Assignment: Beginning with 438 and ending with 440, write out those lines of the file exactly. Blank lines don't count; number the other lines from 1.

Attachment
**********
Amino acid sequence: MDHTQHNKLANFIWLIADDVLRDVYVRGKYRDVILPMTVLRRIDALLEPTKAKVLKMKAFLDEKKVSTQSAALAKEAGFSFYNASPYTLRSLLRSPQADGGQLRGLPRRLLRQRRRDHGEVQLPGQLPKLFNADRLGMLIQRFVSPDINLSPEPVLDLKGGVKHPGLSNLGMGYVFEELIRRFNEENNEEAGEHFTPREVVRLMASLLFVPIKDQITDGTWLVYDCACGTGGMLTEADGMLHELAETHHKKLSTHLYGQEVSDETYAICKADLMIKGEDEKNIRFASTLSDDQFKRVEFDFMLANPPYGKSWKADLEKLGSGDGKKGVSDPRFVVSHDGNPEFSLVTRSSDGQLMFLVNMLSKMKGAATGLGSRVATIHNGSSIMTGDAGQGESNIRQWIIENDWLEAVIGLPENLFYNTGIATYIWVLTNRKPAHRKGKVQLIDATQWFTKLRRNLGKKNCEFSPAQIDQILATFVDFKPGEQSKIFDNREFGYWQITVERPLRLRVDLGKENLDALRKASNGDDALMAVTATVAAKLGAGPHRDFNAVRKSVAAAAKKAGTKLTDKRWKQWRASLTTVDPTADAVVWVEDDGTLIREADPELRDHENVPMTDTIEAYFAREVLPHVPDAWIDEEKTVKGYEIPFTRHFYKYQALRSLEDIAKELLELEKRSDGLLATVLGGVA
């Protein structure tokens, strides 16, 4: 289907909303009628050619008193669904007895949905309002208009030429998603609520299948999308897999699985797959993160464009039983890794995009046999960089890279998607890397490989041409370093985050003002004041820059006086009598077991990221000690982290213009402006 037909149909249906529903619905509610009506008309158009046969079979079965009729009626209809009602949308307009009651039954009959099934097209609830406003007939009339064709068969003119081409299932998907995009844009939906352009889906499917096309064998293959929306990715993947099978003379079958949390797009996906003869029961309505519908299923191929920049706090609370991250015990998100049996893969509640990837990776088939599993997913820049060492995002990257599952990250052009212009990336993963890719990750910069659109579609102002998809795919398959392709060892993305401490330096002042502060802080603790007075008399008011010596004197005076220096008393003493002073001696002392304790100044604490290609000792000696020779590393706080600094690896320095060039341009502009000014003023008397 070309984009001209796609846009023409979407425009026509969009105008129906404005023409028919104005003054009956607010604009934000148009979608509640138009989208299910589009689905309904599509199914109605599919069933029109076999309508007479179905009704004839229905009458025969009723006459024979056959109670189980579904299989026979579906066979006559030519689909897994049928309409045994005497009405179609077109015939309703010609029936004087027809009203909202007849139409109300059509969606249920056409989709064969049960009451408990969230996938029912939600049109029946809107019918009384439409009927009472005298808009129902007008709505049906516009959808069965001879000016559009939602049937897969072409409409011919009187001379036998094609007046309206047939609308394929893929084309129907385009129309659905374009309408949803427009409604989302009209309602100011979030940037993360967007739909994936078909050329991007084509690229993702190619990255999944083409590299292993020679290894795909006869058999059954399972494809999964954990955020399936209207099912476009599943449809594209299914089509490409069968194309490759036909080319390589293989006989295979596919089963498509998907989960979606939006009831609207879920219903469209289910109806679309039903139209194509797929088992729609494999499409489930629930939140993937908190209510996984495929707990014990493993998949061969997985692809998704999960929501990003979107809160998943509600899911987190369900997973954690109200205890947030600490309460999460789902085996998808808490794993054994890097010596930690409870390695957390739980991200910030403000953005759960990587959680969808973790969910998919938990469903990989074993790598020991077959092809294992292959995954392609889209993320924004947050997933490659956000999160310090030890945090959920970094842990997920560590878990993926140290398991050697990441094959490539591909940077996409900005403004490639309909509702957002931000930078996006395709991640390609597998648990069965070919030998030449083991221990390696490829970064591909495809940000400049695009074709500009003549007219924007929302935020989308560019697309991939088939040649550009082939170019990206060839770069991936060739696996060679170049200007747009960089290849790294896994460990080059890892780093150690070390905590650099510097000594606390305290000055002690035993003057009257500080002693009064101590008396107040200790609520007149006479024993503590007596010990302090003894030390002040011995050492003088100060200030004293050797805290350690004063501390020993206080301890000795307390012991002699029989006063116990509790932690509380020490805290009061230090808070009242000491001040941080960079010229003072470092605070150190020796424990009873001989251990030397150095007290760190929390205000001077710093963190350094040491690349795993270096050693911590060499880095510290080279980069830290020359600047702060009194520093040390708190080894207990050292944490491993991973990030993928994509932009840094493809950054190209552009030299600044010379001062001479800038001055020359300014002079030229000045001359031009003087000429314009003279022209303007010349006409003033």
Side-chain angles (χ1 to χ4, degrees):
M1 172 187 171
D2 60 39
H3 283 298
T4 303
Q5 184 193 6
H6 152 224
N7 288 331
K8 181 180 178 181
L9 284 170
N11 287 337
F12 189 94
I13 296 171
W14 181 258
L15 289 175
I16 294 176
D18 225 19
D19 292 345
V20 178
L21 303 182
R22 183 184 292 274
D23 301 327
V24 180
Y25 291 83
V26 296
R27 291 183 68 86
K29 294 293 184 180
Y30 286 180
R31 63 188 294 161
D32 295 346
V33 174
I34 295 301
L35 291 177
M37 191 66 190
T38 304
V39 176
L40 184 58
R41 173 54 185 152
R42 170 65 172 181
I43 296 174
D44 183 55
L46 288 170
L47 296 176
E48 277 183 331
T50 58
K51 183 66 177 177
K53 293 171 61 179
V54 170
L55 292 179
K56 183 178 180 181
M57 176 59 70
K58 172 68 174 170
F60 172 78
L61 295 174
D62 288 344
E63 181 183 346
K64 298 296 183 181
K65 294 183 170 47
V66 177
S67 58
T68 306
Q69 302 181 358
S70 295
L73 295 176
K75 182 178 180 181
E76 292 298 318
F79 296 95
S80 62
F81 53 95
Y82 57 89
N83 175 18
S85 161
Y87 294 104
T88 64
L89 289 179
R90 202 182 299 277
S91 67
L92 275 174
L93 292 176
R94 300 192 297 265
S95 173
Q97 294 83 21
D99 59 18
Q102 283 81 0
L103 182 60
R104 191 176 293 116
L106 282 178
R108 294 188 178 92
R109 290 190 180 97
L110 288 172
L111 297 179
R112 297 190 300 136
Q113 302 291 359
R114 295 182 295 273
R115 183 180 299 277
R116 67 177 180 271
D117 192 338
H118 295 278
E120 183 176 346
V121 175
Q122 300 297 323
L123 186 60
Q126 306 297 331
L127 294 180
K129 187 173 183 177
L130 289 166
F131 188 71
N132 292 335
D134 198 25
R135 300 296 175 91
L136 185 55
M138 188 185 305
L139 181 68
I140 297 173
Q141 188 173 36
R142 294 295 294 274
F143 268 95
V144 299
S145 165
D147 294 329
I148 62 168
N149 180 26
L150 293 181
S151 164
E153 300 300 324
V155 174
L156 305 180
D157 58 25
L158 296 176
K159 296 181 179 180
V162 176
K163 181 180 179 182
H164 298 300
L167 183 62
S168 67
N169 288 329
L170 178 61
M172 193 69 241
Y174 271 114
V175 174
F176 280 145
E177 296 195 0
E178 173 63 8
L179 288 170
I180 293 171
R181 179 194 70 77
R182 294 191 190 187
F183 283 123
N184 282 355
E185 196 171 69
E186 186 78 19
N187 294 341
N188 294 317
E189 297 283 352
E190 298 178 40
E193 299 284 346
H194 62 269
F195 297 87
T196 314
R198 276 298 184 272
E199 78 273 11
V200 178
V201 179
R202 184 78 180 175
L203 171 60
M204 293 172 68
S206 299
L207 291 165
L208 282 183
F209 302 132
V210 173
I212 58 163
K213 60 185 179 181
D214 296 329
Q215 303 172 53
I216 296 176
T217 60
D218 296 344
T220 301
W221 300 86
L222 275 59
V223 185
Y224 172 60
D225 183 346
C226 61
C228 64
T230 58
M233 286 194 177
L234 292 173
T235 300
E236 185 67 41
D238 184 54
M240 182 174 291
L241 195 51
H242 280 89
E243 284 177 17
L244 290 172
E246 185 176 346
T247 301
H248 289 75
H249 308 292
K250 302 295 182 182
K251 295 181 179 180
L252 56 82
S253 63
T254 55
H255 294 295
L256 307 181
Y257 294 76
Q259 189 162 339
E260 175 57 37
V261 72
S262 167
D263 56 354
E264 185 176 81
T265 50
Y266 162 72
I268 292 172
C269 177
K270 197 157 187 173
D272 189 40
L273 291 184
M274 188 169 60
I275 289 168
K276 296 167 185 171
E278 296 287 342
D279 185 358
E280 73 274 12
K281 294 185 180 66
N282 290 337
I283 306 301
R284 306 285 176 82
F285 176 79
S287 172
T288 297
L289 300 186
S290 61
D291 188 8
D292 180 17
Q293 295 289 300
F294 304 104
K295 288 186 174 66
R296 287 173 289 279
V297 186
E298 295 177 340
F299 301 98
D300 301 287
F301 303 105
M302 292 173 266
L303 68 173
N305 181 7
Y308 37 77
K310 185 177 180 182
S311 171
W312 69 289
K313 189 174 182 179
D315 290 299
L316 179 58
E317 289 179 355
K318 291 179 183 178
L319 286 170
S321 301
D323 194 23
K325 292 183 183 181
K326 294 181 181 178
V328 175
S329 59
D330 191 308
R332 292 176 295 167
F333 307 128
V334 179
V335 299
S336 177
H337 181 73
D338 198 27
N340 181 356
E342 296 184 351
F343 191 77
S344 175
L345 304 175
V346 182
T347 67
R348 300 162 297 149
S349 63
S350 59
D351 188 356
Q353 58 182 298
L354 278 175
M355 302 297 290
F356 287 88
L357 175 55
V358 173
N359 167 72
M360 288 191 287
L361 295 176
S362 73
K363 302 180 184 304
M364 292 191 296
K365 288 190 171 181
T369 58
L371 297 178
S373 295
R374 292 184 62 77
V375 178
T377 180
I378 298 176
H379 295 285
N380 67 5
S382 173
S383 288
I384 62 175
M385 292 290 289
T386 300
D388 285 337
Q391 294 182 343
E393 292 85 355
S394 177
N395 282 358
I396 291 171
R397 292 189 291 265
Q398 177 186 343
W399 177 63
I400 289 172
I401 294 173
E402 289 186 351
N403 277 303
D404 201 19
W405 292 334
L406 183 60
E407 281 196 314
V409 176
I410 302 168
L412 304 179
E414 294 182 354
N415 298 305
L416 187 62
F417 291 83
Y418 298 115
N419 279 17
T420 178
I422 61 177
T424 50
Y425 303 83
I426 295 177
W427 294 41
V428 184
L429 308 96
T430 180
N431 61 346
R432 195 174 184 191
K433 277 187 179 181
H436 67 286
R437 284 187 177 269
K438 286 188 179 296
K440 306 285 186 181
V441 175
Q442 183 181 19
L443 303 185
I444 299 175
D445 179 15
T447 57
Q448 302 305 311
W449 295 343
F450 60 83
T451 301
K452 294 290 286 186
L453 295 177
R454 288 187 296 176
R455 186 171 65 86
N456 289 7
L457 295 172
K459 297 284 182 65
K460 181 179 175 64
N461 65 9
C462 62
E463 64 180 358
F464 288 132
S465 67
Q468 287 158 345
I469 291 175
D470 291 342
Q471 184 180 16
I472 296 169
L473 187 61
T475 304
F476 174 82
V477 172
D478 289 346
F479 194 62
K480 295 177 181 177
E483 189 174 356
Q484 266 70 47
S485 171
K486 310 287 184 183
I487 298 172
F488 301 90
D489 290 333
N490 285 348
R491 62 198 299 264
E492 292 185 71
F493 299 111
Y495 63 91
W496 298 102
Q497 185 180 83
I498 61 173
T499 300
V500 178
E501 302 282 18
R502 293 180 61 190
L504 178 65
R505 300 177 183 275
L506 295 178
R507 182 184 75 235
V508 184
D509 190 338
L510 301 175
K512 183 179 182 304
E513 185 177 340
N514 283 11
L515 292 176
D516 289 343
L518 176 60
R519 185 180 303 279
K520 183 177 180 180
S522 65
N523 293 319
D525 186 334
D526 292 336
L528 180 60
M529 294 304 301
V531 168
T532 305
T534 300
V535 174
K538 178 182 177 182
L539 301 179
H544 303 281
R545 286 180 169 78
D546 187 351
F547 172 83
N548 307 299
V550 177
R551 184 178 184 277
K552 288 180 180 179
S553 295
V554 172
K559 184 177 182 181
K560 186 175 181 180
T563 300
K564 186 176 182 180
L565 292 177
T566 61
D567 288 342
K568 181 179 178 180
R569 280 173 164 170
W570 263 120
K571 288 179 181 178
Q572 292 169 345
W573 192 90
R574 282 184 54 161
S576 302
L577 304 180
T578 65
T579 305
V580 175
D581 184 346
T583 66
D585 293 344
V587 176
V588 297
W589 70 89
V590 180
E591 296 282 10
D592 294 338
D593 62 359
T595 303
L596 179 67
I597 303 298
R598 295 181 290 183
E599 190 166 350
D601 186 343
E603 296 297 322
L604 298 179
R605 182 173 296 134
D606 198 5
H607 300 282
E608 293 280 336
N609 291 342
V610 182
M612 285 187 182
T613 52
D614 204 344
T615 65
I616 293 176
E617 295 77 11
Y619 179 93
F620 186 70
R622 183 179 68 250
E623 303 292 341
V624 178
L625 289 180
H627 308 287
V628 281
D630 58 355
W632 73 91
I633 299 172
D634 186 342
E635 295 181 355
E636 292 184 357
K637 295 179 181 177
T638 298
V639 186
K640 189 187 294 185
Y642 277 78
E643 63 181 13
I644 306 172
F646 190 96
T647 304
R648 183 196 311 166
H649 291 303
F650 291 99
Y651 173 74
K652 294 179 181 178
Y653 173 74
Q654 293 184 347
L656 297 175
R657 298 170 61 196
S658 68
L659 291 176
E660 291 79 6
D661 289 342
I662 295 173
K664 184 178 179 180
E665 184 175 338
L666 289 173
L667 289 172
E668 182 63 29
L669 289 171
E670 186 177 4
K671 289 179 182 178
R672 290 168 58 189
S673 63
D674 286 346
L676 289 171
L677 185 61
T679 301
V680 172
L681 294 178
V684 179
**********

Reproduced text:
L539 301 179
H544 303 281
R545 286 180 169 78